Katherine Hammack, an Army assistant secretary of the Army, said that the U.S. microgrid industry needs consistent definitions and protocols on connecting and disconnecting microgrids from the grid, use of net metering and other “rules of the road.”

Having rules differ from state to state or region to region makes it difficult to standardize microgrid design. “We are doing one-offs everywhere,” she said.

The need for more consistent policy comes as the Army transitions away from what she described as dumb microgrids — simple power back up operations — which describe most of the Army’s 100 microgrids in operation. Newer smart microgrids, which the Army is now pursuing, can interact with the main grid in more sophisticated ways, managing multiple sources of renewable energy, prioritizing loads, and moving energy to places where it is needed most during an outage.

She offered the Fort Drum microgrid in Jefferson County, New York as an example of the new sophistication. The Army converted a coal-fired generator to a 60-MW biomass microgrid that serves both the base and the grid. The project recently successfully completed a test of islanding and reconnecting 20 MW of load from the grid in cooperation with the local utility, a complicated endeavour that can disrupt the central grid if not done correctly.

Hammack also described a project underway on the Hawaiian island of Oahu, where there are several military facilities. All of the island’s power generation is on the shoreline in the tsunami zone. So the Army has given Hawaiian Electric, the island’s utility, an easement to build a microgrid on the island’s highest point. The dual fuel microgrid will be able to restart power to an Army air field, a community hospital and an Army base. The microgrid will restore critical services and be a gathering point for humanitarian relief. “When we look at resiliency and critical services, that’s the kind of scenario a microgrid can provide,” she said.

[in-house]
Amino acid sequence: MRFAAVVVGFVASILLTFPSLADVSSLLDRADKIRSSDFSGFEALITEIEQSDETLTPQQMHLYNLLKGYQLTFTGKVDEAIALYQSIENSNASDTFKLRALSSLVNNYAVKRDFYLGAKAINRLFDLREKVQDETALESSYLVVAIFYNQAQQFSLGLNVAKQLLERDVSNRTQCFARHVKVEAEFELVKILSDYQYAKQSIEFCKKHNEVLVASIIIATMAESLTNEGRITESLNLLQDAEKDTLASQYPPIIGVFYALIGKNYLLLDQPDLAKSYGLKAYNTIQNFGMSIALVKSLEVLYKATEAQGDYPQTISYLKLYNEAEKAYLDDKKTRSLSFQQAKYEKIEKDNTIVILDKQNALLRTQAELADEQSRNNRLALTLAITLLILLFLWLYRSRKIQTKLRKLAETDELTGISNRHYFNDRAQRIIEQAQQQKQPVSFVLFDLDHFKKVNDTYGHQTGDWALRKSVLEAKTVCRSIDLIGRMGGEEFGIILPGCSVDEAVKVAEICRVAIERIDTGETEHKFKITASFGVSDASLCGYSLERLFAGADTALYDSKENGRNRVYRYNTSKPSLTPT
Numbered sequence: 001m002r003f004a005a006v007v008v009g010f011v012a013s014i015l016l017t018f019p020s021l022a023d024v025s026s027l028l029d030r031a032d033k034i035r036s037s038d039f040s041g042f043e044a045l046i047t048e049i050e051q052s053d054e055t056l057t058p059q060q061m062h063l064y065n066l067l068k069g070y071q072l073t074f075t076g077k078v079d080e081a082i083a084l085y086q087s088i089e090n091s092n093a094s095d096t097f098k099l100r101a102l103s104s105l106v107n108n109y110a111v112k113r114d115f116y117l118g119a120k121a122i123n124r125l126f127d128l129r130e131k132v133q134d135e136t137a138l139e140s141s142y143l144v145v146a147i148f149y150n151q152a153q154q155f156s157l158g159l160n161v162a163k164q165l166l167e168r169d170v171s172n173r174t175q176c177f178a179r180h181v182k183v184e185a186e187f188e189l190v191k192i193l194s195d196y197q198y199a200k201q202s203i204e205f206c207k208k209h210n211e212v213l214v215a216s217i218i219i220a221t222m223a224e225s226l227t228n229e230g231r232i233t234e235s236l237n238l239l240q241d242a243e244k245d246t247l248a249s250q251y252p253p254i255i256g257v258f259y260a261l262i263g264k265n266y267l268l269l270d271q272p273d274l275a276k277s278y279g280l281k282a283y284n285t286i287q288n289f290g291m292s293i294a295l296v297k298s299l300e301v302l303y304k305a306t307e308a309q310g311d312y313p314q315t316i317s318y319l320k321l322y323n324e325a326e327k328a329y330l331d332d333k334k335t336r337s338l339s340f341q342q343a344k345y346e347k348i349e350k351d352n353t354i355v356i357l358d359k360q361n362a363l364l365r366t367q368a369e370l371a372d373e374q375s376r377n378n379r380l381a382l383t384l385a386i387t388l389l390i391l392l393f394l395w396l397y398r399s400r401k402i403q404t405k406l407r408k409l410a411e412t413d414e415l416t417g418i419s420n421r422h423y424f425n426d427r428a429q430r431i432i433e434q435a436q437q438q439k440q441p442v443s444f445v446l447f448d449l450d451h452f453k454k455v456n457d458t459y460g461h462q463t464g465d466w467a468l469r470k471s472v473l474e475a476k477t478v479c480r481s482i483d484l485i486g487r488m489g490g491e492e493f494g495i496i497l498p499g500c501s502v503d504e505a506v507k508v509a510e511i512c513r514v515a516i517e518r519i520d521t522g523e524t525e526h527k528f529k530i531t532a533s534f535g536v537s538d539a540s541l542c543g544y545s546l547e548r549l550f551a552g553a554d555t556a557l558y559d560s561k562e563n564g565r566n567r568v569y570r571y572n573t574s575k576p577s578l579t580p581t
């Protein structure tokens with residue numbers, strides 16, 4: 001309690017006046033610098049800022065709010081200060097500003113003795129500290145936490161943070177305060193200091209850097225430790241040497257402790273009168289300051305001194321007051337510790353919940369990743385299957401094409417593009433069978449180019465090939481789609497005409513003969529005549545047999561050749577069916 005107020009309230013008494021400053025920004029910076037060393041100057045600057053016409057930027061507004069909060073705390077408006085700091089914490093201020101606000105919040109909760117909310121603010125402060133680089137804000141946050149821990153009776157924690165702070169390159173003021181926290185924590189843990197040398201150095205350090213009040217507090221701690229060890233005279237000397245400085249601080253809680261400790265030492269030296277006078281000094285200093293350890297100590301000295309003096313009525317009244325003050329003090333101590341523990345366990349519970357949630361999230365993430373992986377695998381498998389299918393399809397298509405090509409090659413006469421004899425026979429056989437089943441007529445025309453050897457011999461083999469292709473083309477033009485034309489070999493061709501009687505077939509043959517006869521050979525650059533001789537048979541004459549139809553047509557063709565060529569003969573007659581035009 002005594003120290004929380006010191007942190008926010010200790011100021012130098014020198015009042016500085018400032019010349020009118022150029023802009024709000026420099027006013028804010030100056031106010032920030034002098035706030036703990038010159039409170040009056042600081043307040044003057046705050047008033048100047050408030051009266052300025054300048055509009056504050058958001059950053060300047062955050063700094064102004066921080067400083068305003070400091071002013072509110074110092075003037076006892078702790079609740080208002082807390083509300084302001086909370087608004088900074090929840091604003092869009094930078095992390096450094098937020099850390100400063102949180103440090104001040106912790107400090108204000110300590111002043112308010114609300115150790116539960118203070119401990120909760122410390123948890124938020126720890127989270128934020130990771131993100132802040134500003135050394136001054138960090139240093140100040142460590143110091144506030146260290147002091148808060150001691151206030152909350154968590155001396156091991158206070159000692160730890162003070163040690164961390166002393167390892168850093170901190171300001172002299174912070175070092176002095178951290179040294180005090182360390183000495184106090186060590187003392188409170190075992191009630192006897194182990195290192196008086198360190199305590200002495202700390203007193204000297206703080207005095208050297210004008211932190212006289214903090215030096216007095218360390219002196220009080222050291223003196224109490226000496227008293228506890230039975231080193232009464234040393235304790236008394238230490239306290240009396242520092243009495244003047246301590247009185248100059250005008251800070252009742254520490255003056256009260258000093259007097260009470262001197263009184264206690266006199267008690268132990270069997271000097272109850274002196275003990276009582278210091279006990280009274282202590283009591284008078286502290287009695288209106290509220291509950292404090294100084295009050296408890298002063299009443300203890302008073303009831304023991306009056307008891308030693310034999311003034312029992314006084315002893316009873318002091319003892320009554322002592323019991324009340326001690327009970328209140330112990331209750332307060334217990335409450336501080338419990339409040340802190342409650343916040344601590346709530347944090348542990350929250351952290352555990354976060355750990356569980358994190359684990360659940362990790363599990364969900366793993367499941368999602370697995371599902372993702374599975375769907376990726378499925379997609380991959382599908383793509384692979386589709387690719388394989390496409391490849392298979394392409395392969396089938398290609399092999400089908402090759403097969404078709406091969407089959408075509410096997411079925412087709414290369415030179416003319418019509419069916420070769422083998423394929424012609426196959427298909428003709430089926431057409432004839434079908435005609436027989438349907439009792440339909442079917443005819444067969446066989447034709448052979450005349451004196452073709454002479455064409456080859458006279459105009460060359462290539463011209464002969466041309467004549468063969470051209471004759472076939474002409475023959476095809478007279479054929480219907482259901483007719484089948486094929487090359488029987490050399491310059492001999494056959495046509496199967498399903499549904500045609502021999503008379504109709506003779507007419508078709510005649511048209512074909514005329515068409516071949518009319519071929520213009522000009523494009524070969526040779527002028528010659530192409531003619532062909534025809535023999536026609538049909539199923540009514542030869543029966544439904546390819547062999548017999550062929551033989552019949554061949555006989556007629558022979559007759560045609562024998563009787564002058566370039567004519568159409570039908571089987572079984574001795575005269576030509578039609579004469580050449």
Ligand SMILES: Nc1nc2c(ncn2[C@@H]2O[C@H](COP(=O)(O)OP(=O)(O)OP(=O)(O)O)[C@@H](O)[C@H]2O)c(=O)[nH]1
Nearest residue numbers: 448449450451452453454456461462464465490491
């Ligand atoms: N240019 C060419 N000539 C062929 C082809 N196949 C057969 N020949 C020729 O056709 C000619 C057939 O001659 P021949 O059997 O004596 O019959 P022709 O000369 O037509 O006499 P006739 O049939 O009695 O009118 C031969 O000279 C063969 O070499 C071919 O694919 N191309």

Even in an Election Year

In terms of the Senate bill, it faces the same big question as all in Congress: Can it overcome gridlock?  The House has put forward its own energy legislation, the North American Energy Security and Infrastructure Act of 2015, sponsored by Fred Upton, a Republican from Michigan. The bill passed the House Dec. 3 and now goes to the Senate for consideration. The Upton bill emphasizes energy efficiency and calls for utilities to create resiliency plans, but does not put the same emphasis on microgrids as the Murkowski bill.

However, Murkowski expressed optimism about reconciliation between the Senate bill and House bill next year.

“Absolutely there is room to meld the two together when we get to that point in time,” she said. “We’re teeing things up so that we can move them together. Even in a presidential election year. Why should we say we are going to put a pause on everything important from a policy perspective because it is a presidential year, or an election year. It is always an election year in Washington, D.C.”

Join Microgrid Knowledge in Manhattan May 19 for “New York and Beyond: Advancing Microgrids Nationally with Lessons Learned in New York.”

This article was originally published on MicrogridKnowledge.com and was republished with permission.